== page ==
Let me highlight, by clipping from the below:
There has been a miasma of scientism underwritten by implicit or explicit materialism and a grossly extrapolated and exaggerated view of the capacity of mechanisms of chance variation and differential reproductive success to innovate body plan level structures that has clouded clarity of thought and that has also created a highly polarised, ideology-driven atmosphere on scientific reconstruction of origins.
That is the sort of reason why some resort to hate sites, personal attacks, smears, outright slander and libel etc. Not to mention censorship, outing tactics, career busting and mafioso-style implied gangsterish threats against family members. All they succeed in doing when they act like that is to expose their want of basic broughtupcy, and to highlight the utter moral bankruptcy of evolutionary materialism, due to its want of a worldview foundation IS adequate to ground OUGHT. Those who act like this, and those who harbour them or indulge in enabling passivity by not correcting them, or — worse — imagine that such misbehaviour is legitimate free comment, show just how bankrupt their thinking has become. From Plato in The Laws, Bk X, this issue of nihilistic factions driven by evolutionary materialist ideology has been a significant concern for the well-being of society.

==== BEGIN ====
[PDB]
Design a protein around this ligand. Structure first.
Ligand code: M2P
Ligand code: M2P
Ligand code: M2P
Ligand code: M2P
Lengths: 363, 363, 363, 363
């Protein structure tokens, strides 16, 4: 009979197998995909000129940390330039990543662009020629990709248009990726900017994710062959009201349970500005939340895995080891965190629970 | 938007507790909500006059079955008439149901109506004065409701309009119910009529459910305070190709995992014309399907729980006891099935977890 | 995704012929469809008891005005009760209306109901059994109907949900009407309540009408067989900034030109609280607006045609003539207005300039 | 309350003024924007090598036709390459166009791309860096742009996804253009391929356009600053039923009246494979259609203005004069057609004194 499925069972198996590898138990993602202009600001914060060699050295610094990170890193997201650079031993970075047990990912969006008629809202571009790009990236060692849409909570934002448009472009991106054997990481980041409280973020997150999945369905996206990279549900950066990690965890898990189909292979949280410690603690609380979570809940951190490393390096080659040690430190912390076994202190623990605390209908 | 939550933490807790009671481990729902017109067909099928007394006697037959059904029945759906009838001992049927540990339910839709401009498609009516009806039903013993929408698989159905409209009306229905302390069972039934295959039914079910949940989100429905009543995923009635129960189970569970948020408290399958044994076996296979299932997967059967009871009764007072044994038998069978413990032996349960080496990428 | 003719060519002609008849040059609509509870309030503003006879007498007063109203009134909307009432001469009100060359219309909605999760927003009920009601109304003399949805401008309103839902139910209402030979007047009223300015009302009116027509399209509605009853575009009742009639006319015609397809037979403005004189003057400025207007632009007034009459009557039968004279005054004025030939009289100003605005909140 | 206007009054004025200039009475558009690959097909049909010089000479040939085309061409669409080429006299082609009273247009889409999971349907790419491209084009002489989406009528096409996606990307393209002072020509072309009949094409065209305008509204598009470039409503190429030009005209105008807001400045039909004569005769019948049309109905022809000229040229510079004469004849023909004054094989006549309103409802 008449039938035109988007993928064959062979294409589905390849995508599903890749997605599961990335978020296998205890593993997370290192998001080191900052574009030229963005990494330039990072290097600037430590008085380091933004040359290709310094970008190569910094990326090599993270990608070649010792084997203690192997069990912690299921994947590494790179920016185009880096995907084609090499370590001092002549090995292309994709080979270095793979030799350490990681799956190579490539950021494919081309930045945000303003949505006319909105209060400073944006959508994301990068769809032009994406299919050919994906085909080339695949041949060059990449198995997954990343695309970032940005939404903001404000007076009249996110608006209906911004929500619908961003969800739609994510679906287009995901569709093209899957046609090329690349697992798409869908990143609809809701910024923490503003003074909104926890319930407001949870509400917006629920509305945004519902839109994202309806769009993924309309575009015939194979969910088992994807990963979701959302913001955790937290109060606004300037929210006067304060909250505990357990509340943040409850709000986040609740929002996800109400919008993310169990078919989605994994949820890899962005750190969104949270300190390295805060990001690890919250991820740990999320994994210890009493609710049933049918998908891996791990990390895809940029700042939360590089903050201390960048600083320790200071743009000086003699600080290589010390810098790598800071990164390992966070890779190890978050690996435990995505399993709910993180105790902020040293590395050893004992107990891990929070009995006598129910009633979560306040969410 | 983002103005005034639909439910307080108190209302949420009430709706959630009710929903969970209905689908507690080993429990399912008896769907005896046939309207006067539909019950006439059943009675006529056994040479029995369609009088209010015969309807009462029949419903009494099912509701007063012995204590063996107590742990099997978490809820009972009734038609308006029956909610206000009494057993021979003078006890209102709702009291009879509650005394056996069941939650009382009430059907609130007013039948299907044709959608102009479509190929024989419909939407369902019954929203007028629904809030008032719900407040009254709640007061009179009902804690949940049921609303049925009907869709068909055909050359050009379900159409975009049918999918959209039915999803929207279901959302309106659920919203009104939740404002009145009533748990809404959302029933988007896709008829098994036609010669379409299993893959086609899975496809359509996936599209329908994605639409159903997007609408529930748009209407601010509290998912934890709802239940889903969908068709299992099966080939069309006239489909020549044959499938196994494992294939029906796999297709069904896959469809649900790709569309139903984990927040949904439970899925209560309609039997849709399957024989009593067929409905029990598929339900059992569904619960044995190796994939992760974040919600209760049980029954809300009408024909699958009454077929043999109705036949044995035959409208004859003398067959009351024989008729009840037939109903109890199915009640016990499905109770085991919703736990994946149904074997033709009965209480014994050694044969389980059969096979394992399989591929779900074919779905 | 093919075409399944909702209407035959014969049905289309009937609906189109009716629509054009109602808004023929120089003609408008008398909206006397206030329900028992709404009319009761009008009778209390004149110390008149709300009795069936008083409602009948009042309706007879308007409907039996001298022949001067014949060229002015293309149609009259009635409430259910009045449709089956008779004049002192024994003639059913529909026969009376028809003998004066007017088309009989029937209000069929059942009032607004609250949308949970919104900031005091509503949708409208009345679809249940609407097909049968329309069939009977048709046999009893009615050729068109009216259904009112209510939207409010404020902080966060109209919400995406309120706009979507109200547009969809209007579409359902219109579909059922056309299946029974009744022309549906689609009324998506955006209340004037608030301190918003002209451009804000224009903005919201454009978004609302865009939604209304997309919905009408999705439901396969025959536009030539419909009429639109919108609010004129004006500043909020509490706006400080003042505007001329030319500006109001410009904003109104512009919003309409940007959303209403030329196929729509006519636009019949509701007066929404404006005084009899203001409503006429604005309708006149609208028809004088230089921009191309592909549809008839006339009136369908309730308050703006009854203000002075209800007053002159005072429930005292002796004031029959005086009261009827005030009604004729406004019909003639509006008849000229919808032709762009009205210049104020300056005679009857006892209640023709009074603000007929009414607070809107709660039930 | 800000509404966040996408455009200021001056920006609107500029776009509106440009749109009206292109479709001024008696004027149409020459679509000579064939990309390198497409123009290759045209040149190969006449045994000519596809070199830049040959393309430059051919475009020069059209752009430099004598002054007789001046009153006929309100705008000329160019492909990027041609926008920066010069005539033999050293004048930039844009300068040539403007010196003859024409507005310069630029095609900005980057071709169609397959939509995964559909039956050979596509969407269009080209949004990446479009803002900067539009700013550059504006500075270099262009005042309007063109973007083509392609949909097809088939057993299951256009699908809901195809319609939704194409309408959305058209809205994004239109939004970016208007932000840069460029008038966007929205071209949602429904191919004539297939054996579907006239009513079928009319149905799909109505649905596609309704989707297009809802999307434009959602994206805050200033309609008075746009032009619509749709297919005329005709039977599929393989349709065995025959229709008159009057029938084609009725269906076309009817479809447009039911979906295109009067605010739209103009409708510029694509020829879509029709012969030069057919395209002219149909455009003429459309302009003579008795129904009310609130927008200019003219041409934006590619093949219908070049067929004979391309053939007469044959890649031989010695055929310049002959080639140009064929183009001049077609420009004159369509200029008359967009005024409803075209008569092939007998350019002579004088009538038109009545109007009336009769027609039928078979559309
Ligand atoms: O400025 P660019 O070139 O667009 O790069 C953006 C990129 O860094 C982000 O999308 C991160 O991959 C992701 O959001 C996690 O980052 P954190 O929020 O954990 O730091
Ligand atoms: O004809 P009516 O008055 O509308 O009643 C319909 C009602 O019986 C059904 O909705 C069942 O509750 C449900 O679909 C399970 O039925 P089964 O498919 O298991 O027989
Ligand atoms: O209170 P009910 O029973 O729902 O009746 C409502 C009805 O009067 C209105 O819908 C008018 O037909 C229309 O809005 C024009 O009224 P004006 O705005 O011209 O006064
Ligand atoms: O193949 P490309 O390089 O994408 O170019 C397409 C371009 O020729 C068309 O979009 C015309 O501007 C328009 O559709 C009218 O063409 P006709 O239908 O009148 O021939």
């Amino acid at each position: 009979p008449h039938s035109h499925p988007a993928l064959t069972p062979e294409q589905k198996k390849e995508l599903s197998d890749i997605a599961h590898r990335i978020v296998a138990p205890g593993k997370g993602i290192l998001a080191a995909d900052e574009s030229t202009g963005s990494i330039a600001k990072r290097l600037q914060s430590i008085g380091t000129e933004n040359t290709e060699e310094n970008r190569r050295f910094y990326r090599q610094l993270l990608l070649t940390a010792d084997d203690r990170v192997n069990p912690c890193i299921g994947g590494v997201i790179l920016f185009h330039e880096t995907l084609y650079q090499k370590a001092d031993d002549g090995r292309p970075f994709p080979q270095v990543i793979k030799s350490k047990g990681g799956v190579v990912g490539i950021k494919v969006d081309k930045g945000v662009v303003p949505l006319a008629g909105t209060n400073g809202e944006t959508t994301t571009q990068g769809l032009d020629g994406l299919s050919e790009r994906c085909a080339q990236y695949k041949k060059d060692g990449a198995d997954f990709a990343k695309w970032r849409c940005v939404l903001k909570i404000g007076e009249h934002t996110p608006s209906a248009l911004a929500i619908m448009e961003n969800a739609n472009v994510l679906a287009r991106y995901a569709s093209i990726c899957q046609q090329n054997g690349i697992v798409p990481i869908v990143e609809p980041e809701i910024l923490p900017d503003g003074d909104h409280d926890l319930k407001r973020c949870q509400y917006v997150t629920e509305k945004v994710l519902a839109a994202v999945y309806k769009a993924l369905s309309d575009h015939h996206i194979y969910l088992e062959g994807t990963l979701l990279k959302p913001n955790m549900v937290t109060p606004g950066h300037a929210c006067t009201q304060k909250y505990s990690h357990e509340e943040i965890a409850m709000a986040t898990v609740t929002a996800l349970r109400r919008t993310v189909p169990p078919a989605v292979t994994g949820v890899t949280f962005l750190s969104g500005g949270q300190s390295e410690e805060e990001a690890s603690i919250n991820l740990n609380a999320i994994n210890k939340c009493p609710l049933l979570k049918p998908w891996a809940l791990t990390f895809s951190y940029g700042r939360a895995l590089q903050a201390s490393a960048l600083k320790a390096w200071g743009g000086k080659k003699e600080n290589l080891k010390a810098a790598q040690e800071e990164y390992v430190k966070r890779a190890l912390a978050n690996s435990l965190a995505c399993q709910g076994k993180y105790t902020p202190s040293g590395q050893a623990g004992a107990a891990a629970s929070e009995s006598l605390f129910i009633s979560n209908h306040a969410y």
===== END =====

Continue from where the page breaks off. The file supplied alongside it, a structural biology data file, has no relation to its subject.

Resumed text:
Okay, here is the post:
“The failure of intelligent design theory to specify the intelligent designer constitutes both a rhetorical and an epistemological disadvantage…The epistemological disadvantage is subtler, namely, that intelligent design theory is unnecessarily forced to adopt an instrumentalist philosophy of science, whereby its theory is treated merely as a device for explaining particular phenomena (i.e. as products of intelligent design) without allowing inferences to the best explanation (i.e. the properties of the implied designer).” (171)
“I believe [it] is necessary [to] return to theology as the source of theoretical guidance on the nature of the intelligent designer (Fuller 2008a).” (171)
“In short, by studiously avoiding the appeal to theological arguments as part of their scientific explanations, intelligent design theorists only inhibit their own ability to meet the opposition of Neo-Darwinian apologists like Sober. Admittedly, making such appeals would mean not only re-opening old theological debates but also making them part of secular academic debate. A test of our collective intellectual maturity will lie in our ability to tolerate such a newly charged situation. But as it stands, intelligent design theory does itself no intellectual favours by keeping the identity of the intelligent designer as vague as Neo-Darwinians keep the identity of evolution, even if that practice appears justified as politically expedient.” (173) . . . .